Navigating the C-124 Globemaster: In the Cockpit of America's First Strategic Heavy-Lift Aircraft

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McFarland, 26 lug 2019 - 219 pagine
The C-124 Globemaster--a U.S. military heavy-lift transport in service 1950 through 1974--barreling down a runway was an awesome sight. The aircraft's four 3800 hp piston engines (the largest ever mass-produced), mounted on its 174-foot wingspan, could carry a 69,000-pound payload of tanks, artillery or other cargo, or 200 fully equipped troops, at more than 300 mph. The flight crew, perched three stories above the landing gears in an unpressurized cockpit, relied, like Magellan, on celestial fixes to navigate over oceans. With a world-wide mission delivering troops and materials to such destinations as the Congo, Vietnam, Thule, Greenland and Antarctica, the Globemaster lived up to its name and was foundational to what Time magazine publisher Henry Luce termed the "American Century." Drawing on archives, Air Force bases, libraries and accident sites, and his own recollections as a navigator, the author details Cold War confrontations and consequent strategies that emerged after Douglas Aircraft Company delivered the first C-124A to the Military Air Transport Service in 1949.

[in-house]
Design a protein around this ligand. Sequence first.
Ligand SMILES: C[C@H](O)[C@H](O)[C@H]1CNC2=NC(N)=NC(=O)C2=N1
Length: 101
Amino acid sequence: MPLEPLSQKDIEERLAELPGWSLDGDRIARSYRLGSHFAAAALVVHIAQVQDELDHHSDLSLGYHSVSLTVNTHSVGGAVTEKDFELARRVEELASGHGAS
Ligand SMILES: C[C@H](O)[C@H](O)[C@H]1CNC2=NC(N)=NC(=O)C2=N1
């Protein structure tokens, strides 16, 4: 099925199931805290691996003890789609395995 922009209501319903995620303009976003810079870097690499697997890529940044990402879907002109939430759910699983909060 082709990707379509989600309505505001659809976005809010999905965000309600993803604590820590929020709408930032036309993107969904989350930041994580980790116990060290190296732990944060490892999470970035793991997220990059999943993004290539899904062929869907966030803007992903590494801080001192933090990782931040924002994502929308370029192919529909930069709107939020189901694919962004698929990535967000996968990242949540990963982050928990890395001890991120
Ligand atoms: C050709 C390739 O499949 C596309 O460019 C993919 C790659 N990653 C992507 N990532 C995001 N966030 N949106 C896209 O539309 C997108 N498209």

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Rolling Takeoffs
Building an Aluminum Overcast
Undergraduate Navigator Training
The Cold War and Civil Wars
Over the Oceans
Crewing Old Shaky
Mountains and Thunderstorms
Korea and Vietnam
C124 Globemaster Accidents Involving Loss of Life or Loss of Airplane
Chapter Notes

From Attu to Zaire

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Informazioni sull'autore (2019)

Billy D. Higgins teaches history at the University of Arkansas–Fort Smith.

Informazioni bibliografiche